1. In promulgating rulemaking, FDA must take into account the variety of industry practices that are relevant to importing herbal ingredients and foods or dietary supplements containing herbs. Examples of common practices include but are not limited to: import of small quantities of herbal ingredients or products as single shipments; import of large quantities (e.g., container loads) of single ingredients or products; import of large quantities (e.g., container loads) of mixed goods, whether ingredients or products; and imports of partial shipments of a single order of an ingredient or product on an occasional and regularly scheduled basis (e.g., a company may order 12 tons of an ingredient to be delivered at a rate of one ton each month).
2. AHPA is aware that the Act states, in Section 307(a) as it inserts Section 801(m)(2)(A), of the Federal Food, Drug and Cosmetic Act (“FFDCA”), that the specified period of time that a notice is required to be made in advance of importation may not exceed five days. This section also states, however, that “the Secretary may consider…the effect on commerce of such periods of time.”
In discussing this particular detail with an AHPA member in preparation for developing these comments, great concern was expressed about this statutory limitation. It was noted that the most efficient time to prepare and submit a document to meet the requirements of this section of the Act would almost certainly be simultaneous to the vendor shipping the product that will be imported. AHPA requests that the Secretary seriously consider whether efforts should be undertaken to provide greater flexibility in this time limit based on the effect on commerce of a period of time that will increase the cost of filing notices under this section.
At the same time, AHPA recommends that the minimum specified period of time that a notice is required to be made in advance of importation be defined to be the shortest possible time for the completion of the administrative process necessary to meet the requirements of this section. From the perspective of AHPA’s members, the need for a minimal time is especially important for herbal ingredients that are in a non-dehydrated state and so are perishable. While the majority of herbal food products are manufactured using dehydrated plant materials, AHPA’s members include persons that manufacturer products that have as ingredients botanicals that are not dehydrated. Thus, procedures that are provided in the implementing regulations for instituting prior notice of imported food shipments should provide a minimum time that takes into account the special needs of importers of these products.
3. While other sections of the Act authorize the Secretary to provide for and encourage the use of electronic methods for submitting certain information required by the Act, no such authorization is made for the prior notice of imported foods. Nevertheless, AHPA believes that electronic methods for submitting the information required prior to the import of a food are essential to minimizing any burden that might be involved in the notification process, and notes that nothing in this section prohibits such methods. AHPA encourages FDA to assure that any electronic system that might be used for this purpose is designed in a manner that maximizes ease of use and would be pleased to work with the agency to organize companies in our trade to serve as reviewers of draft electronic systems.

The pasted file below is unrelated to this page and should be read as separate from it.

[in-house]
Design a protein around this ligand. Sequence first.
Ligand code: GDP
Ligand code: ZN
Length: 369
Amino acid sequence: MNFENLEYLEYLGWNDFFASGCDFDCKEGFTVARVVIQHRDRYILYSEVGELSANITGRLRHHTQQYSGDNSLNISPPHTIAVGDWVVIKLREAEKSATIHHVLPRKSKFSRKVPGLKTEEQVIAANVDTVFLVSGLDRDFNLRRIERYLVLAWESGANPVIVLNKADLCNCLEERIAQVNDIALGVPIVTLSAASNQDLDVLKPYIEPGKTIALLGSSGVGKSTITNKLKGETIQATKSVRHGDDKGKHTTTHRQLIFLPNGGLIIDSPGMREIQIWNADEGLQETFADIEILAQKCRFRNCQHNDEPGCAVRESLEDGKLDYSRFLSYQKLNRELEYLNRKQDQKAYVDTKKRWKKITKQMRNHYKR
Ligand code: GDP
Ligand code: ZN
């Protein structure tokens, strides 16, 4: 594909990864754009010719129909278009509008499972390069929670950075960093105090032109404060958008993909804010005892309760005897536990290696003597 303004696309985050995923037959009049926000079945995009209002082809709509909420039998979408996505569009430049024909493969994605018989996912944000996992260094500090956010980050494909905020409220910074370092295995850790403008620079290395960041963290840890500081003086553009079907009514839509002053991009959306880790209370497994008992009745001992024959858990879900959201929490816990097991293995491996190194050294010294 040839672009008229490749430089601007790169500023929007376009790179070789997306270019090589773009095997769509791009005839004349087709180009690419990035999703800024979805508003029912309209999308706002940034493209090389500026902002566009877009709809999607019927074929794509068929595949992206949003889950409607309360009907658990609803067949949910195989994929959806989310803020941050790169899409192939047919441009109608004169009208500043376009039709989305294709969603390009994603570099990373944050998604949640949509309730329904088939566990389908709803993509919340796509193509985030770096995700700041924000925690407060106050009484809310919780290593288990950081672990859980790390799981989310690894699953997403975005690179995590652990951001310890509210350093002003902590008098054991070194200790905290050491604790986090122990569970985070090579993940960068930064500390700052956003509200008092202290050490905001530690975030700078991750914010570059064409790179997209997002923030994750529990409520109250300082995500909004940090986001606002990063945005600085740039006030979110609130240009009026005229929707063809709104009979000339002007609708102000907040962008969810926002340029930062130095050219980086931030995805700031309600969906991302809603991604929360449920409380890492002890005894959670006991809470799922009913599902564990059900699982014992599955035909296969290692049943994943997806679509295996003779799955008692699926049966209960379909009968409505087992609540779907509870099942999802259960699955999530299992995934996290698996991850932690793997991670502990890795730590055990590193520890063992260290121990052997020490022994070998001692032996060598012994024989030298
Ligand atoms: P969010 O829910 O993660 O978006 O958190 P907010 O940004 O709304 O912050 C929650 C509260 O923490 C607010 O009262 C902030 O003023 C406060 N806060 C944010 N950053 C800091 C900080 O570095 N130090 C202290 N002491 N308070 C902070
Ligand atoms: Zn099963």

4. While other sections of the Act require that the Secretary of Health and Human Services take appropriate measures to protect sensitive information, such as trade secrets and confidential information, no such requirement is made of the Secretary in this section. Nevertheless, AHPA believes that firms may consider information regarding the quantities, sources, countries of origin and other information about their imported products required to be disclosed under this section, to be confidential commercial information. AHPA therefore strongly encouraged that the regulations promulgated under this section specify that information gathered in accordance with this section, including both specific information and company aggregate data generated from such information, be considered to be confidential, and that appropriate safeguards be established to assure the protection of this information.
AHPA appreciates the opportunity to provide these initial comments prior to FDA’s issuance of an advance notice of proposed rulemaking in the matter of prior notice of imported food shipments, and will continue to be attentive to this important process as it unfolds.
President, American Herbal Products Association
8484 Georgia Avenue
Silver Spring, MD 20910
Anthony L. Young
General Counsel, American Herbal Products Association
Piper Rudnick LLP
1200 19th Street, N.W.
Washington, D.C. 20036